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Albion seeks additional study if there is high incidence of cancer among elementary school staff

Photos by Tom Rivers: Angie Wolfe, a kindergarten teacher who has worked at the Ronald L. Sodoma School the past 19 years, addresses the Albion Board of Education on Monday. Wolfe was diagnosed with breast cancer on March 20, 2018. She asked the board to have outside experts look at what she believes is a high rate of cancer and serious illnesses among staff and teachers at the school building.

By Tom Rivers, Editor Posted 8 January 2019 at 7:45 am

ALBION – The Albion Teachers Association is asking the Albion Board of Education for a deeper investigation into why there have been so many incidents of cancer and serious illness among elementary teachers and staff.

Angie Wolfe, a kindergarten teacher who was diagnosed with breast cancer in March, said she is one of 22 teachers or staff who have been diagnosed with breast cancer at the elementary school fairly recently. Wolfe has worked in the school for 19 years.

She is one of nine teachers or staff diagnosed in the past five years. In the past 10 years, it’s 16 employees at the school. Going back more than 10 years, it’s 22 people diagnosed with breast cancer at the elementary school. Other employees have had other serious illnesses. The middle and high schools have far fewer cases of serious illness among staff and teachers, she said.

A staff member at the elementary school who recently successfully battled breast cancer attended the Board of Education meeting on Monday.

She told the Board of Education the “alarming number” of people with serious health issues warrants a deeper investigation. She and other members of the Albion Teachers Association made a map showing where in the building the staff and teachers worked who became seriously ill. Wolfe said “the vast majority” tended to be in the original school building from the 1950s – wings A and G, the cafeteria and the district office.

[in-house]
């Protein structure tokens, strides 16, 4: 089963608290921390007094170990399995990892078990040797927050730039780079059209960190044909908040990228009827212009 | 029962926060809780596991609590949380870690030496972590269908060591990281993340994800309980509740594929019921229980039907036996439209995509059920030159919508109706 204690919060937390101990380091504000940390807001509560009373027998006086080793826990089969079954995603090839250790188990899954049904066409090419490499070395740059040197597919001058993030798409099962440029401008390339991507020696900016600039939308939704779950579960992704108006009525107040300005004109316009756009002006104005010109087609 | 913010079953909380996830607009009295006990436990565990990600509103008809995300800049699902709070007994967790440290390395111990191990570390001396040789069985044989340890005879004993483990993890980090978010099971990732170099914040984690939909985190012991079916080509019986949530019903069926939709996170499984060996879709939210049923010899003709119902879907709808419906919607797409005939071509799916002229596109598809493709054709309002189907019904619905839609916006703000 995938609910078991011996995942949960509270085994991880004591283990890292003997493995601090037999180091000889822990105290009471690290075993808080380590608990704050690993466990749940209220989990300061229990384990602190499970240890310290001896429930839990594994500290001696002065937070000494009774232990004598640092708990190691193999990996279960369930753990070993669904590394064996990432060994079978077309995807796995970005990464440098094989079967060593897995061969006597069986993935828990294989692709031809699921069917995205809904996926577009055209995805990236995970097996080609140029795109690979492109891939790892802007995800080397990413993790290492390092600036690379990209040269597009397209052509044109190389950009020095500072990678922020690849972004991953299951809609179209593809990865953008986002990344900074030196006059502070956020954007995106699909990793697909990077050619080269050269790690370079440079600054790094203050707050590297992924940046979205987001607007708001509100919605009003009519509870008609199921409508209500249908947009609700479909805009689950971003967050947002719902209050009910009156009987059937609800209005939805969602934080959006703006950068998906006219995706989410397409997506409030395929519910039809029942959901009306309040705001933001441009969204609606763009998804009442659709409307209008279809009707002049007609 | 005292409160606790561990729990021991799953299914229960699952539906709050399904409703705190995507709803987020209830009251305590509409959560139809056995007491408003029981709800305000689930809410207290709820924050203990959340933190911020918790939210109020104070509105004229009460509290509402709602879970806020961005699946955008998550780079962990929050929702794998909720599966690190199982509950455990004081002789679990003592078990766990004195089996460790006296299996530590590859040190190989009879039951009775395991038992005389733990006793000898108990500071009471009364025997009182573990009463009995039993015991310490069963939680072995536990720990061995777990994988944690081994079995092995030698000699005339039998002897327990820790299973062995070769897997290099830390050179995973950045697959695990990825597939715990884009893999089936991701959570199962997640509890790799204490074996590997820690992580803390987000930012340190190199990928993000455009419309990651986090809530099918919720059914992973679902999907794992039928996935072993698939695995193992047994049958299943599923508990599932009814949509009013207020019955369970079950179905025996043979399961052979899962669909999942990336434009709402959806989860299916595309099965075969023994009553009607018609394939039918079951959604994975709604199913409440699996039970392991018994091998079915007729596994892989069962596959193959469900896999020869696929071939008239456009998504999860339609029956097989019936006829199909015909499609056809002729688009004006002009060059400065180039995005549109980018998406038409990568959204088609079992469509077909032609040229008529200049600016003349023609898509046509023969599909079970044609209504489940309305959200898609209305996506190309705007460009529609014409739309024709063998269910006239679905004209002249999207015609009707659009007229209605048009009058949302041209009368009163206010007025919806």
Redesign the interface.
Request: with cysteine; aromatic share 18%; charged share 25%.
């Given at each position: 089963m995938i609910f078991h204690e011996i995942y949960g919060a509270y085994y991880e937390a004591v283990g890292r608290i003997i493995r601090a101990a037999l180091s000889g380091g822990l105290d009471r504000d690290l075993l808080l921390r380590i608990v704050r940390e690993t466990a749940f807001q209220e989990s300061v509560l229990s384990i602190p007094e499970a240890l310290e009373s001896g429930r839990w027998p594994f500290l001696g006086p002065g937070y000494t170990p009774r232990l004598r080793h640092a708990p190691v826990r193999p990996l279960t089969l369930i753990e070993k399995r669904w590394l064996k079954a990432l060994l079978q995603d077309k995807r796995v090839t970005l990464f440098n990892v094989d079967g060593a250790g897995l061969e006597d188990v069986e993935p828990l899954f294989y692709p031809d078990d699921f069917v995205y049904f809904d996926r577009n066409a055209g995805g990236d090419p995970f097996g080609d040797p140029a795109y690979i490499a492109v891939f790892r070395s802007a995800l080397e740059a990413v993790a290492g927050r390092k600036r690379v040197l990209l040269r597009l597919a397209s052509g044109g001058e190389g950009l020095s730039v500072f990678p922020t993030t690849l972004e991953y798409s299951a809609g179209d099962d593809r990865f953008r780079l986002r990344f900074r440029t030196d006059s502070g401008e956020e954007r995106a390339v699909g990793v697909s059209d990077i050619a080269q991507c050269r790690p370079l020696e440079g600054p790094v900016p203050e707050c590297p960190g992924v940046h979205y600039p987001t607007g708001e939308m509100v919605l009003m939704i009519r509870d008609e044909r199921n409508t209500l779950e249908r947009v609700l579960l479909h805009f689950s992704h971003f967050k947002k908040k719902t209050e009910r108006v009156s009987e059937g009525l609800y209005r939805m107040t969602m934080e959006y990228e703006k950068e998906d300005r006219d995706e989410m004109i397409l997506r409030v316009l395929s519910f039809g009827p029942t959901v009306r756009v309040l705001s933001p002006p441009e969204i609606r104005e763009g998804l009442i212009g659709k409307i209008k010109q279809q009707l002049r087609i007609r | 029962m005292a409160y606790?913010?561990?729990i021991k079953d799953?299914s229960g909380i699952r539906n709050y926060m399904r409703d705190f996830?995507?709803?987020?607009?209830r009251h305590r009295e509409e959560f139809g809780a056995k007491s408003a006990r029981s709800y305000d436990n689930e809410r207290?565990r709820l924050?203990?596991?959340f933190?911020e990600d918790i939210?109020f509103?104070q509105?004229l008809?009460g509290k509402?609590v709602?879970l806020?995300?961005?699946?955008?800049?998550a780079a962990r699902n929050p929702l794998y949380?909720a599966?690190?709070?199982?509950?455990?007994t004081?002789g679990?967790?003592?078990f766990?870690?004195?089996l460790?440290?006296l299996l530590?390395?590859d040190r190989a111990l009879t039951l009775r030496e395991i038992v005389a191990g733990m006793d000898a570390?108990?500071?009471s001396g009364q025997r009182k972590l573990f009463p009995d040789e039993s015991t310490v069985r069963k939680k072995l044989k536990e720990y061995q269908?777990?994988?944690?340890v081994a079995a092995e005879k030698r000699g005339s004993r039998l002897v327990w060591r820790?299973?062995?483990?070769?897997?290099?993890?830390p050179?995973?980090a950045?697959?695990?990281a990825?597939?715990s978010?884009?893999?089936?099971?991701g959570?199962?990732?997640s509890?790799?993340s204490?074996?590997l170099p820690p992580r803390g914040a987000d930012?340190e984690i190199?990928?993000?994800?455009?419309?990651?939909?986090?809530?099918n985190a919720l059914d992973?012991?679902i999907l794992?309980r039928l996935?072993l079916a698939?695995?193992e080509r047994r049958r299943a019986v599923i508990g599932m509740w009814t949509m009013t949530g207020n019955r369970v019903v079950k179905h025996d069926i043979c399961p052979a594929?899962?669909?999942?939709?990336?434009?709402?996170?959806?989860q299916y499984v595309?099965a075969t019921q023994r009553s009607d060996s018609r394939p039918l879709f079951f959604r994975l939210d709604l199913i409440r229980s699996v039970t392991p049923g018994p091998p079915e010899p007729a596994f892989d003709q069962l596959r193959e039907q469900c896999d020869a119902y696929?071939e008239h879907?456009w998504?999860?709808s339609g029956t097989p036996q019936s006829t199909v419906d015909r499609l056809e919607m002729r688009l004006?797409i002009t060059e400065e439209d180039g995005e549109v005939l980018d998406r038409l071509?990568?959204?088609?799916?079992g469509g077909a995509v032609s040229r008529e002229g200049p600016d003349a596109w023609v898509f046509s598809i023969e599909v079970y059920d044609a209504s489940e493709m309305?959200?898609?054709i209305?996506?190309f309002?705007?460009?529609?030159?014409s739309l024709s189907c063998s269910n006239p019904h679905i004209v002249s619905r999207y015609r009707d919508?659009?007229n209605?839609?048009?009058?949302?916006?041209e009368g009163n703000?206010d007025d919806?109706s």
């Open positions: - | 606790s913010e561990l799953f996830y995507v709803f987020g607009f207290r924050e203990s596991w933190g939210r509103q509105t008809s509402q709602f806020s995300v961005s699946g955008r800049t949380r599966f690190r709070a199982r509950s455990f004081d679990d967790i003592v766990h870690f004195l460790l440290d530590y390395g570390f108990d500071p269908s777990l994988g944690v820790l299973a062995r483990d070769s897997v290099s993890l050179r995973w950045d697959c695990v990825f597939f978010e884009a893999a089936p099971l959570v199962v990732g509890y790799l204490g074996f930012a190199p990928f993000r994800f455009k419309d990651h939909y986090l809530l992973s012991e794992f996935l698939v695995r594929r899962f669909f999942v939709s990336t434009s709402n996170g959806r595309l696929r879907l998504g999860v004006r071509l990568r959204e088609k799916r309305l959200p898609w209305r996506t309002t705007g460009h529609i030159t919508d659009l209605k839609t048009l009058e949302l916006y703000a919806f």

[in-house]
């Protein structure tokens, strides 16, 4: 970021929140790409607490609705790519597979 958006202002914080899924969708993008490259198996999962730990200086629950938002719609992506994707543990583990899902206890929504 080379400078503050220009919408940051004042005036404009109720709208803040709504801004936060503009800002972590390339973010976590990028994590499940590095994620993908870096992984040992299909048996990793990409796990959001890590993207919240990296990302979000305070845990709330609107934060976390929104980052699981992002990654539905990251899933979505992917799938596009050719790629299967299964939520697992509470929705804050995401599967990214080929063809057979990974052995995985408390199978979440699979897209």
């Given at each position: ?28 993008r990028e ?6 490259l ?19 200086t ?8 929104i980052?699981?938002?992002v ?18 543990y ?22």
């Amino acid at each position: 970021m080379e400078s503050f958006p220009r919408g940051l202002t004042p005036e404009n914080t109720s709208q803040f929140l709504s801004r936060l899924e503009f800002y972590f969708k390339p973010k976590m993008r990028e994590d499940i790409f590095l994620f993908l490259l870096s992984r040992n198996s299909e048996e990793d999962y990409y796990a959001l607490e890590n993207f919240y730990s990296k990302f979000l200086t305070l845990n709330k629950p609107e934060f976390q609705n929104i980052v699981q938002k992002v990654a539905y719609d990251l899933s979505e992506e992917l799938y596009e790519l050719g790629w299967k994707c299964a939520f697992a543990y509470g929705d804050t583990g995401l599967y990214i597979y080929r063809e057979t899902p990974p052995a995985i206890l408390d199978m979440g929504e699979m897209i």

Chris Keller, the Teachers Association president, said teachers are concerned   about the safety of the building.

“The number of serious illnesses makes it imperative that we take a closer look,” he told the Board of Education on Monday.

Last month the district presented a report from WorkFit Medical for its assessment of the incidents of cancer and serious illness among elementary teachers and staff. WorkFit provides medical services to the school district and other districts and businesses in Western New York.

In a Nov. 27 letter to Michael Bonnewell, the Albion school superintendent, WorkFit officials say the rate of breast cancer occurrence at the elementary school is actually lower than the national average.

At Albion Elementary it’s one in 19 women compared to the national average of one out of eight women getting breast cancer during their lifetime, according to the letter from C. Jay Ellie, MD, general director of WorkFit Medical, and Heather Hosking, director of occupational and comprehensive school health for WorkFit Medical.

That report from WorkFit didn’t satisfy the Teachers Association. School officials learned last week the Teachers Association wanted further study of the issue.

The board and school administration in the past week have reached out to outside experts – its insurance company, the Orleans County Health Department, the NYS Department of Health, and Cornell’s University School of Industrial and Labor Relations, Workplace Health and Safety Program.

Margy Brown, the BOE president, said the district will await direction from those groups. WorkFit advised the district that “environmental factors” in a building don’t cause breast cancer.

Wolfe urged the district to have an outside independent agency look at air and water quality and as well as environmental factors in the building.

“Please believe we want nothing more than the safety of our buildings for our students and for you,” Brown said at the meeting, which was attended by many elementary teachers and staff, some wearing T-shirts with the names of employees who have fought cancer.

The Teachers Association presented a packet with some new information to the Board and administration on Monday. Brown said they will review that information and respond to the Teachers Association soon, likely within a week.


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